I keep reading the most outlandish suggestions for saving gas. Turning off the car at intersections is my favorite stupid one, probably brought on by the nonactivity of hybrid cars at same. No thanks. When it’s on, I want it to stay on. My big fear with a car is that it won’t start. Or won’t start again. Why multiply the opportunities for that dread event?
But yesterday, I made the effort to fill up on cheaper gas (not by going out of my way, however, which I’ve already proven saves no money). And then I had to use up all my gas savings when a serious car accident closed down the road home. I couldn’t just wait it out by the side of the road; it was 94 degrees out and I had perishable food in my car. In a cooler, it’s true. But a woman sitting alone in her car by the side of a country road as sunset approaches? Not a good idea. What if I couldn’t start my car again? Then I’d be in trouble. Instead I took a detour of several miles.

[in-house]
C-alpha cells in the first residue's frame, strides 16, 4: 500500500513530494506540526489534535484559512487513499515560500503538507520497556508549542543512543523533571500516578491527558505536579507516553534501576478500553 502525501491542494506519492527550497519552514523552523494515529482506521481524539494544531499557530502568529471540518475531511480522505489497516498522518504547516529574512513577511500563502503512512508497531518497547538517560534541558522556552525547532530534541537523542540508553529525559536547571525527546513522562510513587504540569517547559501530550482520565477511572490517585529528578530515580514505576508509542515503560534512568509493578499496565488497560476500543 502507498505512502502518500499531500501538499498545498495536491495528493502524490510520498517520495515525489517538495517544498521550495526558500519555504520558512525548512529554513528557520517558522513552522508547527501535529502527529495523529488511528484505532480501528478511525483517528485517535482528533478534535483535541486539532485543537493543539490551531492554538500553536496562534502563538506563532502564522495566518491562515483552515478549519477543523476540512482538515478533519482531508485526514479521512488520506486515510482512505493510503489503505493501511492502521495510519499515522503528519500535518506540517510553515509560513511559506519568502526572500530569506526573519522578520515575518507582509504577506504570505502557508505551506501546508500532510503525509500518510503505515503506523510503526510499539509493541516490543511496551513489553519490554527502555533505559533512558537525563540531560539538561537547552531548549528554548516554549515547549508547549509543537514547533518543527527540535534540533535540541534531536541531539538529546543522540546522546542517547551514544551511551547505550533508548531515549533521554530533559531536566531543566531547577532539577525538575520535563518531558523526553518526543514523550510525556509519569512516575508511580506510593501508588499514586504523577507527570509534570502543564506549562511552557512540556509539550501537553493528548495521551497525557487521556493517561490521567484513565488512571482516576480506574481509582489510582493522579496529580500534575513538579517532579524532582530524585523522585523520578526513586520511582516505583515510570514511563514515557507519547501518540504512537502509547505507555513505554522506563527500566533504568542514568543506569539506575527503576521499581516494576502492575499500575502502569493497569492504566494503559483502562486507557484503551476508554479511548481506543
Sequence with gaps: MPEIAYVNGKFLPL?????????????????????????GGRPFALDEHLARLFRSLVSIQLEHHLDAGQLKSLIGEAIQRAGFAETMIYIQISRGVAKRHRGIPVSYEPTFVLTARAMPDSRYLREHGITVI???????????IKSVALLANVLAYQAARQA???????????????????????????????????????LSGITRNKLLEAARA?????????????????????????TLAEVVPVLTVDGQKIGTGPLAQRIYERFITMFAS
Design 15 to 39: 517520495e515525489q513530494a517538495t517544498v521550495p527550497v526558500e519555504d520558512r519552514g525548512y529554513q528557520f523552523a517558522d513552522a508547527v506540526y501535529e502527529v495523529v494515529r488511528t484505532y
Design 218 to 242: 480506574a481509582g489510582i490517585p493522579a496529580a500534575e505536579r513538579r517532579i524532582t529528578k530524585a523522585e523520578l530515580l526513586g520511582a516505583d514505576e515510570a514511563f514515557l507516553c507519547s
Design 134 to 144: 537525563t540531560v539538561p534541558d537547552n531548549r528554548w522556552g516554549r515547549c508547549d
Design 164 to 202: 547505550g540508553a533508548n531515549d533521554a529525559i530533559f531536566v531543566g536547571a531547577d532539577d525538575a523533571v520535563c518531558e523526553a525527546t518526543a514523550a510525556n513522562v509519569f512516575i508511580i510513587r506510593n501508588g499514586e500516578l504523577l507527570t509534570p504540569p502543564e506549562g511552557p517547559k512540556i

So here’s my thought: We can try to save gasoline. We can limit our trips and we can plan our itineraries so there are no wasted steps, but chance is still going to rule the outcome. Right now, the stock market is up and oil prices are down. Those two situations have almost nothing to do with me; I’m not much of a consumer, as we know, and my buying behavior is based more on my income than on the price of gasoline. Yet the price of oil and the swing of the stock market are more likely to affect the final cost to me of using my car than anything I can do. Other than leaving it in the garage and hiking the 12 miles to the nearest town wearing a backpack with a cooler inside.
You know that book “Don’t Sweat the Small Stuff” with the subtitle, “It’s all Small Stuff”? Good point.